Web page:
It was to the Philippian Christians that Paul first introduced the truth, “Let the mind of Christ be in you.” Paul wrote this message to them while he was imprisoned in Rome.
It was from a jail cell that Paul declared he had the mind of Christ, casting aside his reputation to become a servant of Jesus and his church. Now he wrote, “I trust in the Lord Jesus to send Timothy shortly unto you, that I also may be of good comfort, when I know your state” (Philippians 2:19).
This is the thinking, the outworking, of the mind of Christ. Think about it: Here was a pastor, sitting in jail, yet he wasn’t thinking of his own comfort, his own hard situation. He was concerned only about the spiritual and physical condition of his people. And he told his sheep, “My comfort will come only when I know you’re doing well, in spirit and body. So I’m sending Timothy to check up on you, in my behalf.”
Then Paul makes this alarming statement: “For I have no man like-minded, who will naturally care for your state” (2:20). What a sad statement! As Paul wrote this, the church around him in Rome was growing and being blessed. Clearly, there were godly leaders in the Roman church. But, Paul says, “I have no man who shares with me the mind of Christ.” Why was this so? “For all seek their own, not the things which are Jesus Christ’s” (2:21). Evidently, there was no leader in Rome with a servant’s heart—no one who had cast aside reputation and become a living sacrifice. Instead, everyone was set on pursuing his own interests. None had the mind of Christ. Paul could trust no one to go to Philippi to be a true servant to that body of believers.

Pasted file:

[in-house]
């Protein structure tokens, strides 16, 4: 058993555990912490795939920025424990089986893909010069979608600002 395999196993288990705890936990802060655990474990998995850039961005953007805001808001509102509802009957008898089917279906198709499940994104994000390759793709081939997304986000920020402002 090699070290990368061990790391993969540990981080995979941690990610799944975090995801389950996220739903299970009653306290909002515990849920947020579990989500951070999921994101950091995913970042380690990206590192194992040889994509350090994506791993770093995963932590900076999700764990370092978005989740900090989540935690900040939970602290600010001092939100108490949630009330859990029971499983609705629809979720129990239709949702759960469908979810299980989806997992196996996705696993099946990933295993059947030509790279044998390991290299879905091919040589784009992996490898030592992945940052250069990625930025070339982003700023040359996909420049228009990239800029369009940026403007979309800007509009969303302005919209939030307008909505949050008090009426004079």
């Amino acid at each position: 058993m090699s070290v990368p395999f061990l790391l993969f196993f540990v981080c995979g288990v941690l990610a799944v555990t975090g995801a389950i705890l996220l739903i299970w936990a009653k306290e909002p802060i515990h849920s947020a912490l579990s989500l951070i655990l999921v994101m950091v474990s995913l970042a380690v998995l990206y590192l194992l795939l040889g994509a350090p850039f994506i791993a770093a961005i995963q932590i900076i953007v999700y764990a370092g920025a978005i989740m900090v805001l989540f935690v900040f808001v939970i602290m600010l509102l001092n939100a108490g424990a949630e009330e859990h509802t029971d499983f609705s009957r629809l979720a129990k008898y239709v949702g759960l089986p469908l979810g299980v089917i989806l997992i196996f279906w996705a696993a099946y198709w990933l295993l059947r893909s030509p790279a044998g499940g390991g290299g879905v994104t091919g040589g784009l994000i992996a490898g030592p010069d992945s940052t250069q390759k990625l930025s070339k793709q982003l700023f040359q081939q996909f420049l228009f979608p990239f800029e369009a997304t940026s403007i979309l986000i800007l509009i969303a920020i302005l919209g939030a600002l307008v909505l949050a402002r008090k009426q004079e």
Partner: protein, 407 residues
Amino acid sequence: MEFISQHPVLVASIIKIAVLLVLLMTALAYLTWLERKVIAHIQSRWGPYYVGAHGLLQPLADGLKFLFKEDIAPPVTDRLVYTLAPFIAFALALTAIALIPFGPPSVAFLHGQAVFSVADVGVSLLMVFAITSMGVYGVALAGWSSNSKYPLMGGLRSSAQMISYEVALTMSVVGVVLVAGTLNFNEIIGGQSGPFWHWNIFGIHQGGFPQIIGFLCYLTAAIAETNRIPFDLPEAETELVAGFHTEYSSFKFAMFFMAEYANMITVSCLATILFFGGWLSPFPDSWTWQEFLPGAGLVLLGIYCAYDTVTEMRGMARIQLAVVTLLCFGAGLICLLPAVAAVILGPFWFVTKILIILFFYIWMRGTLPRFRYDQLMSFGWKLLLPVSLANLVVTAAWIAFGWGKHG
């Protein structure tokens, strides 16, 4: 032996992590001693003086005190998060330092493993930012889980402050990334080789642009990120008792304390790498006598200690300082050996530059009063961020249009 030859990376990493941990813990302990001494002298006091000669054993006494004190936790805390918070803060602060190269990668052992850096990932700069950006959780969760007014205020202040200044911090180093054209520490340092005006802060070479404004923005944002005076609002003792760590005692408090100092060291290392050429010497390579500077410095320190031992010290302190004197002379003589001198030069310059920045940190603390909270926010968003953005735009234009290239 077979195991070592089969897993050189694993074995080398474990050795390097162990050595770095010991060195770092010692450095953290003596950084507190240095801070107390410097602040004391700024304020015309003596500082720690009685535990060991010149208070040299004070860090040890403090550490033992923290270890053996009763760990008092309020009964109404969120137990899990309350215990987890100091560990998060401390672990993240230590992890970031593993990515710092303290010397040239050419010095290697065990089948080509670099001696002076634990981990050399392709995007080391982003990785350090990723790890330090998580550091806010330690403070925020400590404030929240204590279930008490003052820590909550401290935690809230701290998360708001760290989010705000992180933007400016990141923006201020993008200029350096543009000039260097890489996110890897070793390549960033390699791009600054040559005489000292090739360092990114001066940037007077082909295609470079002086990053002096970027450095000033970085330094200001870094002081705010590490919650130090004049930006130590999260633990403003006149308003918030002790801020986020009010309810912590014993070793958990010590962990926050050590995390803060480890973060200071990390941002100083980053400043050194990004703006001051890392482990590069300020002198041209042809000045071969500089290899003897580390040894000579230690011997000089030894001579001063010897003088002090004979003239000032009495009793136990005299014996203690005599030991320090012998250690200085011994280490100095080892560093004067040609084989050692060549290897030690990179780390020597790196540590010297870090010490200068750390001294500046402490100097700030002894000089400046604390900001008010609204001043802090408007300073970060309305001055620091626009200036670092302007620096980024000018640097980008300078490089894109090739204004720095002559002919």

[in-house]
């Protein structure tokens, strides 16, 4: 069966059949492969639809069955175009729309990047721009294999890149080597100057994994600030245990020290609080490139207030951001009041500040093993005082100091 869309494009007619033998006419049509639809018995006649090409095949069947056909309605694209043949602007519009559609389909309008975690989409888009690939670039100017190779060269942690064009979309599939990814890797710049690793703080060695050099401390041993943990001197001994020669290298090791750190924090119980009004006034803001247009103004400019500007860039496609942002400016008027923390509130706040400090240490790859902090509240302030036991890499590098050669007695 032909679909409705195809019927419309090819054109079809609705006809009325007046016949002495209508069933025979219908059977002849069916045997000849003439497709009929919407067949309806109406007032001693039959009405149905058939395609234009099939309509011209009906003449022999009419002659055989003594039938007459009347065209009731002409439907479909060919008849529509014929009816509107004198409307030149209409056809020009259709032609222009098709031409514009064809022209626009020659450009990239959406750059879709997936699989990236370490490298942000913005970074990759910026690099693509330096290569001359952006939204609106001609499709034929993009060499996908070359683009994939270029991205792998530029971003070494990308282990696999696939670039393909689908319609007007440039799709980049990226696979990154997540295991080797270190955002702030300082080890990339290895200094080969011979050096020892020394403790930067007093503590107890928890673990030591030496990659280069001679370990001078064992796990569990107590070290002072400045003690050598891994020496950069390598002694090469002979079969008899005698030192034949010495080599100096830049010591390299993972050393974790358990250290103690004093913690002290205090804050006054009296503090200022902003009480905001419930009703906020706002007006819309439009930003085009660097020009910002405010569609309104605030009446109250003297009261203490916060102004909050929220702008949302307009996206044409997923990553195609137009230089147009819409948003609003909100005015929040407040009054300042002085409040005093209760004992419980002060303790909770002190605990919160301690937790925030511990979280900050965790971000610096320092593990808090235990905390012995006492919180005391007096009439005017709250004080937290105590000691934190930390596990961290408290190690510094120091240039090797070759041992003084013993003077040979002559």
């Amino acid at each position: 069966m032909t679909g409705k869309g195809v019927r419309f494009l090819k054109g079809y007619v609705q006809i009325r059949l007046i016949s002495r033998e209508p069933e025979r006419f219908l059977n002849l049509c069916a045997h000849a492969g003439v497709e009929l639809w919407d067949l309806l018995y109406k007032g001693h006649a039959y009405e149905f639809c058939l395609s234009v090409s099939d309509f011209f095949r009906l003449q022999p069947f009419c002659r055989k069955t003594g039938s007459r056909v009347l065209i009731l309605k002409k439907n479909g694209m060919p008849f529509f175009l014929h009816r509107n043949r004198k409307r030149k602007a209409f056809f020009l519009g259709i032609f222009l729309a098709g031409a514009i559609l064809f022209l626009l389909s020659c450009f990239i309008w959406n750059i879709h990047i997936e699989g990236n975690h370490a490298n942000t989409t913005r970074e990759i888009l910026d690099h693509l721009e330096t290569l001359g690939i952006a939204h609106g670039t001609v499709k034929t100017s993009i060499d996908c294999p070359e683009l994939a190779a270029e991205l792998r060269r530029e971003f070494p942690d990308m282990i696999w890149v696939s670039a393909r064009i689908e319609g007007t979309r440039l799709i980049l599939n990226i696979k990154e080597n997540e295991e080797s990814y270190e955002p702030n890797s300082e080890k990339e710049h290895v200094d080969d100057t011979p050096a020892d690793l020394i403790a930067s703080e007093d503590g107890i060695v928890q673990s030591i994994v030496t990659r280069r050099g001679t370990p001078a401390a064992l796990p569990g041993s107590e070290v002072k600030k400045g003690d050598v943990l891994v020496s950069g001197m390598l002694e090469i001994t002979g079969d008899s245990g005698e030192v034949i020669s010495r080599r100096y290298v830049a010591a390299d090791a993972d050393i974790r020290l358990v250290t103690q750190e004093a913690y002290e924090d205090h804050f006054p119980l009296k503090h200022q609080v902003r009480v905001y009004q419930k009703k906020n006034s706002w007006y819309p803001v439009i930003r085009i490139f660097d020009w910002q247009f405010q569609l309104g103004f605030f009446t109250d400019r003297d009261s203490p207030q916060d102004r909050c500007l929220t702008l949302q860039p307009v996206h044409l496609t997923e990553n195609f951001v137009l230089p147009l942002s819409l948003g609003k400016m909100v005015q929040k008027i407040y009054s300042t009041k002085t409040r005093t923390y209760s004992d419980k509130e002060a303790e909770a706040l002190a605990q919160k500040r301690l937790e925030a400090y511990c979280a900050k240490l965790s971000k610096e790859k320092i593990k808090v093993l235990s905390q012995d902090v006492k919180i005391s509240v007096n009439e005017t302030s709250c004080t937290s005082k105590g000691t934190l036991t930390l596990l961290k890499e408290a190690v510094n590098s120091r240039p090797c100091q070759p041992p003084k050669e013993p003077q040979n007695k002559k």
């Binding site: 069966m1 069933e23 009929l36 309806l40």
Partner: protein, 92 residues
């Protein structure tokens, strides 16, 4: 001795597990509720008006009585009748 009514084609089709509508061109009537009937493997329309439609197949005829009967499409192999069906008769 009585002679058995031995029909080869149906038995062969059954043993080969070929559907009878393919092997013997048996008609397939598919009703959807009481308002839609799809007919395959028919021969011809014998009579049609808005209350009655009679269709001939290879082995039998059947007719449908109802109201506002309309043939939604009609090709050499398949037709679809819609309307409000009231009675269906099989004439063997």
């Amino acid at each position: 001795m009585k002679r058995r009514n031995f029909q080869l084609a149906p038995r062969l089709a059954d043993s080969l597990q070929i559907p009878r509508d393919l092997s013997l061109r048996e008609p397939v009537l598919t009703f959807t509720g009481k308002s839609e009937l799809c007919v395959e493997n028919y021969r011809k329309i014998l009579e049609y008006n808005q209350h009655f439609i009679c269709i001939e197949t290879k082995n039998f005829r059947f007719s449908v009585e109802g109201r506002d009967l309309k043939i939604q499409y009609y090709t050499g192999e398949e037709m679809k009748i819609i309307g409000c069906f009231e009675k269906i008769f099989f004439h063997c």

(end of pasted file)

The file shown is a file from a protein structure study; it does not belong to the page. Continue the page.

Paul’s words here cannot be softened: “Everybody’s out for himself. These ministers seek only to benefit themselves. That’s why there’s nobody here I can trust to naturally care for your needs and hurts, except Timothy.”
Our prayer should be: “Lord, I don’t want to be focused only on myself in a world that’s spinning out of control. I don’t want to be concerned about my own future. I know you hold my path in your hands. Please, Lord, give me your mind, your thinking, your concerns. I want to have your servant’s heart.” Amen.